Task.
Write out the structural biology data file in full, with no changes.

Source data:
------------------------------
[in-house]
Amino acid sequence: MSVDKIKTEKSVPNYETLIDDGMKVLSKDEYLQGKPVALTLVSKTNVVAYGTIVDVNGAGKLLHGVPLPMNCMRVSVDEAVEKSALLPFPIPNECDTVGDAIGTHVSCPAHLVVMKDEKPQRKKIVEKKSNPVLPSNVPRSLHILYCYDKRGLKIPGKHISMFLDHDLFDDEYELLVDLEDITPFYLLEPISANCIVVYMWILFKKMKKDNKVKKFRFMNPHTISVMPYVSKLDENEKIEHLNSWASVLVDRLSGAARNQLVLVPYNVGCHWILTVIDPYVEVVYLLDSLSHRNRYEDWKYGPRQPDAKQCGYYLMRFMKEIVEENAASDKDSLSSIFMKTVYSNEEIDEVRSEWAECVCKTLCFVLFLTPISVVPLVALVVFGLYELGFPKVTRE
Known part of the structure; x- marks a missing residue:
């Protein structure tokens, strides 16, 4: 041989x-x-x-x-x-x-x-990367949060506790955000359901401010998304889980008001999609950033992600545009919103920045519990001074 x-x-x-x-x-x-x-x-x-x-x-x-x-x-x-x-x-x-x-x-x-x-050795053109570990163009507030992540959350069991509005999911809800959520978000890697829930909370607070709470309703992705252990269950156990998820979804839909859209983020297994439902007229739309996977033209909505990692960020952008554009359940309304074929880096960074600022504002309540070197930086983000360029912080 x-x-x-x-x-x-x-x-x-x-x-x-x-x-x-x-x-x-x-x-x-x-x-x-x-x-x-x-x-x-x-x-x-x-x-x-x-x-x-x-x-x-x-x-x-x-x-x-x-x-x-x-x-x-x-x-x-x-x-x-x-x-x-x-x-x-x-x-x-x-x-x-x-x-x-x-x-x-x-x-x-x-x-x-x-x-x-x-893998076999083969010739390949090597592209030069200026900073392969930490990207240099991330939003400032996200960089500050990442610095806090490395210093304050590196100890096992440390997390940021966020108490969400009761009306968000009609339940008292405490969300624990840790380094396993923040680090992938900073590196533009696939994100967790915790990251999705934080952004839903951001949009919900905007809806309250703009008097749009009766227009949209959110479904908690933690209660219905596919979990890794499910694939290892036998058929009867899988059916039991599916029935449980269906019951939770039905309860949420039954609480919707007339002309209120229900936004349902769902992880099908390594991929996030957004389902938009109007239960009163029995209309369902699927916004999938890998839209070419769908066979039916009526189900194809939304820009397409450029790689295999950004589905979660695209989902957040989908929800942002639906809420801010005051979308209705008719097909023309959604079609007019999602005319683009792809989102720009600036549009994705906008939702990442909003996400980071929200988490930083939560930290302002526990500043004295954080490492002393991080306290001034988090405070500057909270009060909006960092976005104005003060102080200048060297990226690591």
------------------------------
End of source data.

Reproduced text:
[in-house]
Amino acid sequence: MSVDKIKTEKSVPNYETLIDDGMKVLSKDEYLQGKPVALTLVSKTNVVAYGTIVDVNGAGKLLHGVPLPMNCMRVSVDEAVEKSALLPFPIPNECDTVGDAIGTHVSCPAHLVVMKDEKPQRKKIVEKKSNPVLPSNVPRSLHILYCYDKRGLKIPGKHISMFLDHDLFDDEYELLVDLEDITPFYLLEPISANCIVVYMWILFKKMKKDNKVKKFRFMNPHTISVMPYVSKLDENEKIEHLNSWASVLVDRLSGAARNQLVLVPYNVGCHWILTVIDPYVEVVYLLDSLSHRNRYEDWKYGPRQPDAKQCGYYLMRFMKEIVEENAASDKDSLSSIFMKTVYSNEEIDEVRSEWAECVCKTLCFVLFLTPISVVPLVALVVFGLYELGFPKVTRE
Known part of the structure; x- marks a missing residue:
């Protein structure tokens, strides 16, 4: 041989x-x-x-x-x-x-x-990367949060506790955000359901401010998304889980008001999609950033992600545009919103920045519990001074 x-x-x-x-x-x-x-x-x-x-x-x-x-x-x-x-x-x-x-x-x-x-050795053109570990163009507030992540959350069991509005999911809800959520978000890697829930909370607070709470309703992705252990269950156990998820979804839909859209983020297994439902007229739309996977033209909505990692960020952008554009359940309304074929880096960074600022504002309540070197930086983000360029912080 x-x-x-x-x-x-x-x-x-x-x-x-x-x-x-x-x-x-x-x-x-x-x-x-x-x-x-x-x-x-x-x-x-x-x-x-x-x-x-x-x-x-x-x-x-x-x-x-x-x-x-x-x-x-x-x-x-x-x-x-x-x-x-x-x-x-x-x-x-x-x-x-x-x-x-x-x-x-x-x-x-x-x-x-x-x-x-x-893998076999083969010739390949090597592209030069200026900073392969930490990207240099991330939003400032996200960089500050990442610095806090490395210093304050590196100890096992440390997390940021966020108490969400009761009306968000009609339940008292405490969300624990840790380094396993923040680090992938900073590196533009696939994100967790915790990251999705934080952004839903951001949009919900905007809806309250703009008097749009009766227009949209959110479904908690933690209660219905596919979990890794499910694939290892036998058929009867899988059916039991599916029935449980269906019951939770039905309860949420039954609480919707007339002309209120229900936004349902769902992880099908390594991929996030957004389902938009109007239960009163029995209309369902699927916004999938890998839209070419769908066979039916009526189900194809939304820009397409450029790689295999950004589905979660695209989902957040989908929800942002639906809420801010005051979308209705008719097909023309959604079609007019999602005319683009792809989102720009600036549009994705906008939702990442909003996400980071929200988490930083939560930290302002526990500043004295954080490492002393991080306290001034988090405070500057909270009060909006960092976005104005003060102080200048060297990226690591």